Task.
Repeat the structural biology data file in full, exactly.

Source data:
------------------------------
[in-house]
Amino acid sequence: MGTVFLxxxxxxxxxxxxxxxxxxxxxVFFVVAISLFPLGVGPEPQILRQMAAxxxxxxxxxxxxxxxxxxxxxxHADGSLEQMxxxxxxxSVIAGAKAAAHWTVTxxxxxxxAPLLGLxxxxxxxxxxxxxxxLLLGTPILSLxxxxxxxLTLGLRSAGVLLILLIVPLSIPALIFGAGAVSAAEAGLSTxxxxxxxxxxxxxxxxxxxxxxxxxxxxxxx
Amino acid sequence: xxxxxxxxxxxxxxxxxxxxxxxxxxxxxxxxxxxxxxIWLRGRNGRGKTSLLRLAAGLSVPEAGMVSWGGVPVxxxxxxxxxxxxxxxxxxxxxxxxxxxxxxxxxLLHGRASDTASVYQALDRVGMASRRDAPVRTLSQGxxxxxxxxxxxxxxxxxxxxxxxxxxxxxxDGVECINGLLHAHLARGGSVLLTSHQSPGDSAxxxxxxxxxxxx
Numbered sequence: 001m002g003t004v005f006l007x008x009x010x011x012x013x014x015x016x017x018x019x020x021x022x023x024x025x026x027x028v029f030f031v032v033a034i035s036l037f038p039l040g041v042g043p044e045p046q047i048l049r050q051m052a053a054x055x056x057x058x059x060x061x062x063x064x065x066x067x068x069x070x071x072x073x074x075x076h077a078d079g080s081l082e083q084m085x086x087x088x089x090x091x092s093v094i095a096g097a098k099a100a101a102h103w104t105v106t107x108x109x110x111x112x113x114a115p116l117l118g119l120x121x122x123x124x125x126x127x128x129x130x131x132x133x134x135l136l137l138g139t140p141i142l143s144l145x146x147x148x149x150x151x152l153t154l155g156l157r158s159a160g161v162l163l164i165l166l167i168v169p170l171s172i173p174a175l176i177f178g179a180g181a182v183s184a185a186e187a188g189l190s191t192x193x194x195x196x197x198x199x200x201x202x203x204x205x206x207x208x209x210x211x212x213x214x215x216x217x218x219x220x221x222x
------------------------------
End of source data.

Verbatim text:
[in-house]
Amino acid sequence: MGTVFLxxxxxxxxxxxxxxxxxxxxxVFFVVAISLFPLGVGPEPQILRQMAAxxxxxxxxxxxxxxxxxxxxxxHADGSLEQMxxxxxxxSVIAGAKAAAHWTVTxxxxxxxAPLLGLxxxxxxxxxxxxxxxLLLGTPILSLxxxxxxxLTLGLRSAGVLLILLIVPLSIPALIFGAGAVSAAEAGLSTxxxxxxxxxxxxxxxxxxxxxxxxxxxxxxx
Amino acid sequence: xxxxxxxxxxxxxxxxxxxxxxxxxxxxxxxxxxxxxxIWLRGRNGRGKTSLLRLAAGLSVPEAGMVSWGGVPVxxxxxxxxxxxxxxxxxxxxxxxxxxxxxxxxxLLHGRASDTASVYQALDRVGMASRRDAPVRTLSQGxxxxxxxxxxxxxxxxxxxxxxxxxxxxxxDGVECINGLLHAHLARGGSVLLTSHQSPGDSAxxxxxxxxxxxx
Numbered sequence: 001m002g003t004v005f006l007x008x009x010x011x012x013x014x015x016x017x018x019x020x021x022x023x024x025x026x027x028v029f030f031v032v033a034i035s036l037f038p039l040g041v042g043p044e045p046q047i048l049r050q051m052a053a054x055x056x057x058x059x060x061x062x063x064x065x066x067x068x069x070x071x072x073x074x075x076h077a078d079g080s081l082e083q084m085x086x087x088x089x090x091x092s093v094i095a096g097a098k099a100a101a102h103w104t105v106t107x108x109x110x111x112x113x114a115p116l117l118g119l120x121x122x123x124x125x126x127x128x129x130x131x132x133x134x135l136l137l138g139t140p141i142l143s144l145x146x147x148x149x150x151x152l153t154l155g156l157r158s159a160g161v162l163l164i165l166l167i168v169p170l171s172i173p174a175l176i177f178g179a180g181a182v183s184a185a186e187a188g189l190s191t192x193x194x195x196x197x198x199x200x201x202x203x204x205x206x207x208x209x210x211x212x213x214x215x216x217x218x219x220x221x222x